National Waste & Recycling Association recognizes best in recycling

Six awards were given to companies that have made substantial contributions to the recycling industry.

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October 24, 2017

The National Waste & Recycling Association (NWRA), Arlington, Virginia, recognized innovators and leaders in its industry at the annual Executive Leadership Round Table (ELRT) in Orlando, Florida. Six awards were given to companies that have made substantial contributions to U.S. recycling through partnerships, public education, innovations in recycling equipment and innovations in recycling facilities. Winners were selected by a panel of judges who are professionals in the waste and recycling industry as well as from other technology and education organizations.

“These awards honor the very best in the industry for excellence in educating the public and smart ways to recycle; creating innovative approaches to advance our work; constructing state-of-the-art recycling facilities; and revolutionary partnerships that help protect the environment and increase collaboration with the recycling ecosystem,” said NWRA President and CEO Darrell Smith. “Our industry continues to make great strides in safety, engineering and community engagement, which not only helpa to make us more effective but it also yields better results for the environment and the communities we serve.”

The Sustainability Partnership Game Changer Award and the Construction and Demolition Debris Recycler of the Year Award went to SCS Engineers and the Dane County Solid Waste Division for its Rodefield Landfill Construction and Demolition (C&D) Recycling Facility. Dane County brought in SCS Engineers to assist with the design and engineering of its facility. The entire processing line is housed inside the structure in an effort to keep the facility and surrounding area clean. This minimizes wind-blown debris as well as dust.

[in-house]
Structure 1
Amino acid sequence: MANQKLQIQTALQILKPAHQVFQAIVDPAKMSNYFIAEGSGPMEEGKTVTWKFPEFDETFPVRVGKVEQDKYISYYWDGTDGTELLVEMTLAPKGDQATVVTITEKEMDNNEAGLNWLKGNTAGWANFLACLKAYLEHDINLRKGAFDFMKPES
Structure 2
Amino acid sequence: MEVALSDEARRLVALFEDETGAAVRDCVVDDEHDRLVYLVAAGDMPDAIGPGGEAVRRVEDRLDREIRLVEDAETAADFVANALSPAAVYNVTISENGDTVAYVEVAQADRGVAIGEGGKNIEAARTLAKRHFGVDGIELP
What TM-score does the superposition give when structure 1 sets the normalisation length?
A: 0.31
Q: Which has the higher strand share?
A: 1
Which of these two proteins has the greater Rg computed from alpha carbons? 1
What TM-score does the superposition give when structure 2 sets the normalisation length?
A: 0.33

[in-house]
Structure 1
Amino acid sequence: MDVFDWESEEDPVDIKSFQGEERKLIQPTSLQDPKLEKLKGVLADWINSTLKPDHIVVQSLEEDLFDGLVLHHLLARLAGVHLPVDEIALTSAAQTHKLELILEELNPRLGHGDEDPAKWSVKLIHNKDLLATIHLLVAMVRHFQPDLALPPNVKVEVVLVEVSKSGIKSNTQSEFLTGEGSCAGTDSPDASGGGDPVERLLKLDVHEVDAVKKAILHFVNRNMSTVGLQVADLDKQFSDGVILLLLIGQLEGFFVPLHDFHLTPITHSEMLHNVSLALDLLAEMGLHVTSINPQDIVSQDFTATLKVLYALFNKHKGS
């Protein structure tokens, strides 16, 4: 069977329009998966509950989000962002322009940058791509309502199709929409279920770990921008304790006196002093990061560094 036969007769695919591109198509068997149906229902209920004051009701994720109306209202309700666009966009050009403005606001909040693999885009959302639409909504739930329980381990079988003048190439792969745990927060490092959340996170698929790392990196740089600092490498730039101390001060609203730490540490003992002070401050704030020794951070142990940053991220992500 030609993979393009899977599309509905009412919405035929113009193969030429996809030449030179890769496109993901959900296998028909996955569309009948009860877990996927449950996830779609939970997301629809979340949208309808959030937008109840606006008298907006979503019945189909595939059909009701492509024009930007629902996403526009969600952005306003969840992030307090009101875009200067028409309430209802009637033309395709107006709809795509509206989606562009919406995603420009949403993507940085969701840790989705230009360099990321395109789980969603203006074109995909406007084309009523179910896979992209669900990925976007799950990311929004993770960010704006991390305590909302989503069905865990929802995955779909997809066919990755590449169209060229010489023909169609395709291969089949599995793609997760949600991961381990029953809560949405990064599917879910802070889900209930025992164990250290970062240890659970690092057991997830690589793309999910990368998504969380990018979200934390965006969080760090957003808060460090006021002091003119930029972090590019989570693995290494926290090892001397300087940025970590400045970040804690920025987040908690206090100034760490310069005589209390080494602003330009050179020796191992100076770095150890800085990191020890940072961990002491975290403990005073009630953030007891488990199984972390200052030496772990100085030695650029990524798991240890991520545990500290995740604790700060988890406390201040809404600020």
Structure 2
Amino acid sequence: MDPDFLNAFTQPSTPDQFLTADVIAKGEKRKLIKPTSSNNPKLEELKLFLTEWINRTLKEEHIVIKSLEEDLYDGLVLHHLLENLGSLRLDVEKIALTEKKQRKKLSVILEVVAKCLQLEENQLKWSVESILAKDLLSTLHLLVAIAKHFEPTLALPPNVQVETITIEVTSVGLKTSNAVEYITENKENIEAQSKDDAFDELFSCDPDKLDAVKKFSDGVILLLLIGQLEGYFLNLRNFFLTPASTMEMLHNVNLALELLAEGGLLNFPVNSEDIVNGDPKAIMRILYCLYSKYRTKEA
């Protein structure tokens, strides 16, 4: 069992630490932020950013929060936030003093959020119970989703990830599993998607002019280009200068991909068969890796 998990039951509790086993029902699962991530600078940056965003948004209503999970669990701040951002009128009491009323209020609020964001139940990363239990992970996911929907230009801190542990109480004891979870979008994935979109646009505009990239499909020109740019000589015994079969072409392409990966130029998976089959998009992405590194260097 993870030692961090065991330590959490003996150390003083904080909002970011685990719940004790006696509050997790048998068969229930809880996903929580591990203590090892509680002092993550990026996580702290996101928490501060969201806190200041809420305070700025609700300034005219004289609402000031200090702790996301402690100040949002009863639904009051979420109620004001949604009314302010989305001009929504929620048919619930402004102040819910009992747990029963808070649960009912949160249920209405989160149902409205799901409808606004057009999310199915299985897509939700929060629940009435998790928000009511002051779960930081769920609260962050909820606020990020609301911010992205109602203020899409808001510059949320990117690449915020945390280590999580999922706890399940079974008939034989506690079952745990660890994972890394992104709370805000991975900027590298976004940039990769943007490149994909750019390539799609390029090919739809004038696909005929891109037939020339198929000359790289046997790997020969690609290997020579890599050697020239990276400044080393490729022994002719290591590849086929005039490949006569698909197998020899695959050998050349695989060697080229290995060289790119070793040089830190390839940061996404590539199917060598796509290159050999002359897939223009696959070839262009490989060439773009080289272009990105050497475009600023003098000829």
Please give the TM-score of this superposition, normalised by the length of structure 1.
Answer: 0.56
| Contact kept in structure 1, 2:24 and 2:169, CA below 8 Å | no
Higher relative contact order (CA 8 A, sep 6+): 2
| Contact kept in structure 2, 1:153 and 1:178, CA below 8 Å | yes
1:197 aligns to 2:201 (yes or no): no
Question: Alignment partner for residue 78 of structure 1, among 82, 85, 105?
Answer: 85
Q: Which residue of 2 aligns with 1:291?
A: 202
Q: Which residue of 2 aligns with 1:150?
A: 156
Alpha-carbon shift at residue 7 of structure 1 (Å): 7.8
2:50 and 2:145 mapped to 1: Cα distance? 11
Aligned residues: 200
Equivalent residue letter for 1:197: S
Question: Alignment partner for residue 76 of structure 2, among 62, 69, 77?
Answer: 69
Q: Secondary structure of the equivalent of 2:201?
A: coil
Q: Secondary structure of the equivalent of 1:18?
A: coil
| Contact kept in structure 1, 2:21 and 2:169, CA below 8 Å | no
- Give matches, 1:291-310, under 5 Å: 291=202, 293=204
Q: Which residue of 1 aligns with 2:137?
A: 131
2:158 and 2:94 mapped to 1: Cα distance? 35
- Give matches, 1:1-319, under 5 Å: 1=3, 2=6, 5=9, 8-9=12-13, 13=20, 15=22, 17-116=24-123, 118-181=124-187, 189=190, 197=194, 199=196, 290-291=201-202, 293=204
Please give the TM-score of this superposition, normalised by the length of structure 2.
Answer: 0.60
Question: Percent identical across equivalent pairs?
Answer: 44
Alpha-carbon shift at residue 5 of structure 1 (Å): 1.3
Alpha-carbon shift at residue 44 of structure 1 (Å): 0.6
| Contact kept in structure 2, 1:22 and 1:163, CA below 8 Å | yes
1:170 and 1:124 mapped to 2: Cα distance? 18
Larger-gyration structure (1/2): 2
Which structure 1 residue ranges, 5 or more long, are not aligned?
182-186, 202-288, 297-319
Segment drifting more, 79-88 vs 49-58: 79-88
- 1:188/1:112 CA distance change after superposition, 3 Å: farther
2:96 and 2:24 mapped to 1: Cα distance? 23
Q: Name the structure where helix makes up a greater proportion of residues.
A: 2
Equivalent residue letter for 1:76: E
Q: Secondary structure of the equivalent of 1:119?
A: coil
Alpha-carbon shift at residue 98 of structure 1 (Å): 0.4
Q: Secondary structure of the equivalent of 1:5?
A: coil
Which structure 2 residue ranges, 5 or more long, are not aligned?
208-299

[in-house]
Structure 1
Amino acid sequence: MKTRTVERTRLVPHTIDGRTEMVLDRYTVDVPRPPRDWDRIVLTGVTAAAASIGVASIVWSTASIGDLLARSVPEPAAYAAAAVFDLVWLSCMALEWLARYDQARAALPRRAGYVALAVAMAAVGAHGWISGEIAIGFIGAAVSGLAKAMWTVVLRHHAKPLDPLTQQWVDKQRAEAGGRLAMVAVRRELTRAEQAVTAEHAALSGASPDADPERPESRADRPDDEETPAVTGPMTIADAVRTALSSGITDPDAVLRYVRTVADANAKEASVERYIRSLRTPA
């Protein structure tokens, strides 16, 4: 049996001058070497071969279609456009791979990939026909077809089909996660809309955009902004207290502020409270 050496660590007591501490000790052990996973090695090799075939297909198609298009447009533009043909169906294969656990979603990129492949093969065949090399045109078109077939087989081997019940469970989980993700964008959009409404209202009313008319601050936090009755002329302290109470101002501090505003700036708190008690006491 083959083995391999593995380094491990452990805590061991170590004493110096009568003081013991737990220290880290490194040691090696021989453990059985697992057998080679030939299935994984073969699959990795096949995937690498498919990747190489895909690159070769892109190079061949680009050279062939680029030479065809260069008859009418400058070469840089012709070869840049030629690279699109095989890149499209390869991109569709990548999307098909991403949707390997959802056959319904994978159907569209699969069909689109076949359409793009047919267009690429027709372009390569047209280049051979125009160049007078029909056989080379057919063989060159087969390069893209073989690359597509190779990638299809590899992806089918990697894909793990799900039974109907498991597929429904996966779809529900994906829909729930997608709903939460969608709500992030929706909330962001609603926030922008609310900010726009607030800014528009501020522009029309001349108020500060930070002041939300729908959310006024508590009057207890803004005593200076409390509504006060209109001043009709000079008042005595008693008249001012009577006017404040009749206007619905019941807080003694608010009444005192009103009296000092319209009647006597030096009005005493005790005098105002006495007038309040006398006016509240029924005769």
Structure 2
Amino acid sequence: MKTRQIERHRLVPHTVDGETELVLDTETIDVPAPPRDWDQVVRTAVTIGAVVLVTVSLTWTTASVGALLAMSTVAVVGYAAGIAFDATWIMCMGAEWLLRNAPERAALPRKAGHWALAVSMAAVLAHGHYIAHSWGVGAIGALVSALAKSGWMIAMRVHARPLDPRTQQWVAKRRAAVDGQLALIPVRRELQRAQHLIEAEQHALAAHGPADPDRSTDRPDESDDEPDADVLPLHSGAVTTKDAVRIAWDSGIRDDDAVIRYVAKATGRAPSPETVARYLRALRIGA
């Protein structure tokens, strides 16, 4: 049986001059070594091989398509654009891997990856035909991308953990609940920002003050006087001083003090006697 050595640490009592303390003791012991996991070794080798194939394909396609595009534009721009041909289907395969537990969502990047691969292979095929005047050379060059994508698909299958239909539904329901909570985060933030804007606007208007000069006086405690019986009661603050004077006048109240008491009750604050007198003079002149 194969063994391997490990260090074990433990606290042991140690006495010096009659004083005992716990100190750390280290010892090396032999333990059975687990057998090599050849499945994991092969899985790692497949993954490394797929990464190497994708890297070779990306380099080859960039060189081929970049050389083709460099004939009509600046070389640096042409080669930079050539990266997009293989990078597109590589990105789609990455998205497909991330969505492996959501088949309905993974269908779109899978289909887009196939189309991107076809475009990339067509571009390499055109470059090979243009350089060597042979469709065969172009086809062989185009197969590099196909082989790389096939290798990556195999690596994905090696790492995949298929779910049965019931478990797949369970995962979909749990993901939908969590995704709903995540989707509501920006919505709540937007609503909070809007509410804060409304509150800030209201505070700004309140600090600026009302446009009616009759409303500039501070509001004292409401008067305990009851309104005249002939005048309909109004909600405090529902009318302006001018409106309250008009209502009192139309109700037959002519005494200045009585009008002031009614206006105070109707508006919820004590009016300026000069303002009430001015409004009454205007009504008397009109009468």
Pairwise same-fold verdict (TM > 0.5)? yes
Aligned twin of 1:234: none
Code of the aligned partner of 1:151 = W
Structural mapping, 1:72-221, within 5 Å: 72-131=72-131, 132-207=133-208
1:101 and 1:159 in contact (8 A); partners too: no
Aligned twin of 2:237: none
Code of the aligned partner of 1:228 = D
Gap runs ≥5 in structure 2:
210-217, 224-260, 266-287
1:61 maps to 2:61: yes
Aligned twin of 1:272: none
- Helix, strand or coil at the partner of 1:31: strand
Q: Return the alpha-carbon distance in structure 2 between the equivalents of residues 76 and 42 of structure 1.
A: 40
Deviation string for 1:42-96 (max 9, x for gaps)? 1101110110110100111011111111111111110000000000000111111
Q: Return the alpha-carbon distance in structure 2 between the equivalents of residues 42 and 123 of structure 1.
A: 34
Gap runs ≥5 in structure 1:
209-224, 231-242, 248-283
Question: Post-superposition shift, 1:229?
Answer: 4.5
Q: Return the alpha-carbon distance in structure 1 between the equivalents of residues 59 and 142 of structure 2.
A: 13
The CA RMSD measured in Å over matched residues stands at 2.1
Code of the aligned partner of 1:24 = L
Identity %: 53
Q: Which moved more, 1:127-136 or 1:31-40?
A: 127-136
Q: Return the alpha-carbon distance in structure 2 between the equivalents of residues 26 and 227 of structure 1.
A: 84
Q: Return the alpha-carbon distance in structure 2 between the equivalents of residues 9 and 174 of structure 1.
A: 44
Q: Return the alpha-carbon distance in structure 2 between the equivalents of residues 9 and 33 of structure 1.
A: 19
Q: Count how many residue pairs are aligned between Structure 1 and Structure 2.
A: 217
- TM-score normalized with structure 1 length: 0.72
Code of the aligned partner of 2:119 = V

The Best Recycling Public Education Program Award was shared by the city of North Port, Florida’s Solid Waste Division for its outreach strategy and Recology San Francisco for its Educational Tour and Artist in Residence Program.

The city of North Port launched its social media accounts in May 2015 and since then has used them, along with public events and direct marketing efforts, to keep residents informed of services offered by the Solid Waste Department, specifically the implementation of a new curbside recycling program.

Recology’s Artist in Residence Program provides artists the opportunity to take what others have thrown away and repurpose this material in a variety of artistic mediums, such as sculpture, photography, painting and many other forms.

The Innovator of the Year Award went to AMP Robotics, Boulder, Colorado. AMP was honored for its artificial intelligence (AI) and robotic sorting system that is already in multiple material recovery facilities (MRFs). There is little to no retrofit costs, and the robot can be installed within a weekend, the company says.

The Recycling Facility of the Year Award went to FCC Environmental Services, headquartered in Spain, and the city of Dallas. This award recognizes the facility that demonstrates leadership in key measurements, such as innovation, quantity of materials collected and/or processed, types of materials recovered, site improvements or sustainability measures adopted. The facility began operating Jan. 1, 2017. In its first year, the MRF will process around 80,000 tons in 2017 with a total capacity of 140,000 tons per year.

The Organics Recycler of the Year Award went to the city of Cedar Grove, Washington, Republic Services, Phoenix, and the Alabama Coastal Foundation for their work together in the Oyster Shell Recycling Program. Cedar Grove was honored for the critical role it plays in Puget Sound’s recycling infrastructure and sustainability efforts. Cedar Grove diverts more than 350,000 tons of organic material from landfills annually.

“I congratulate all our winners on their outstanding achievements and contributions. It is important we recognize the good work our industry is doing to make our communities better,” said Smith.